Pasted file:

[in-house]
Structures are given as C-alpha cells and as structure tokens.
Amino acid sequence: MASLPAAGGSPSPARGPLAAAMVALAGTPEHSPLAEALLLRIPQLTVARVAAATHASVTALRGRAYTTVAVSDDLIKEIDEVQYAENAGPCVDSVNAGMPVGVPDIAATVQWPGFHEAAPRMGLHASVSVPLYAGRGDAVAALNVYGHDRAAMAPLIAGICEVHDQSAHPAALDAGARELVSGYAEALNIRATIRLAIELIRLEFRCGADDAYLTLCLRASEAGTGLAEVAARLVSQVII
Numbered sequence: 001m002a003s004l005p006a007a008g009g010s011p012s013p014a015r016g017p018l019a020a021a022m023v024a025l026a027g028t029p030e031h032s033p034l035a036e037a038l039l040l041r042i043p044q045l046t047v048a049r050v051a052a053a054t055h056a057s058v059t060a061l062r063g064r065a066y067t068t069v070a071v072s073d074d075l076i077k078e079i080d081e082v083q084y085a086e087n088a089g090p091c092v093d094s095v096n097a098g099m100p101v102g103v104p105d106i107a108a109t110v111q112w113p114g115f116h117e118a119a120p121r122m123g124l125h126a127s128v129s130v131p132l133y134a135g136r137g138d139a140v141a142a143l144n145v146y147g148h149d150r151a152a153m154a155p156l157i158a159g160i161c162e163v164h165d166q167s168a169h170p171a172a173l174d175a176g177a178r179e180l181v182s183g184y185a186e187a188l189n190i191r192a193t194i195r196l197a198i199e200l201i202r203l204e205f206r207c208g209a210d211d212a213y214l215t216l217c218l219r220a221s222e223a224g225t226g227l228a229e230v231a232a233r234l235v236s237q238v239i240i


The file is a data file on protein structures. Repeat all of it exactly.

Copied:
[in-house]
Structures are given as C-alpha cells and as structure tokens.
Amino acid sequence: MASLPAAGGSPSPARGPLAAAMVALAGTPEHSPLAEALLLRIPQLTVARVAAATHASVTALRGRAYTTVAVSDDLIKEIDEVQYAENAGPCVDSVNAGMPVGVPDIAATVQWPGFHEAAPRMGLHASVSVPLYAGRGDAVAALNVYGHDRAAMAPLIAGICEVHDQSAHPAALDAGARELVSGYAEALNIRATIRLAIELIRLEFRCGADDAYLTLCLRASEAGTGLAEVAARLVSQVII
Numbered sequence: 001m002a003s004l005p006a007a008g009g010s011p012s013p014a015r016g017p018l019a020a021a022m023v024a025l026a027g028t029p030e031h032s033p034l035a036e037a038l039l040l041r042i043p044q045l046t047v048a049r050v051a052a053a054t055h056a057s058v059t060a061l062r063g064r065a066y067t068t069v070a071v072s073d074d075l076i077k078e079i080d081e082v083q084y085a086e087n088a089g090p091c092v093d094s095v096n097a098g099m100p101v102g103v104p105d106i107a108a109t110v111q112w113p114g115f116h117e118a119a120p121r122m123g124l125h126a127s128v129s130v131p132l133y134a135g136r137g138d139a140v141a142a143l144n145v146y147g148h149d150r151a152a153m154a155p156l157i158a159g160i161c162e163v164h165d166q167s168a169h170p171a172a173l174d175a176g177a178r179e180l181v182s183g184y185a186e187a188l189n190i191r192a193t194i195r196l197a198i199e200l201i202r203l204e205f206r207c208g209a210d211d212a213y214l215t216l217c218l219r220a221s222e223a224g225t226g227l228a229e230v231a232a233r234l235v236s237q238v239i240i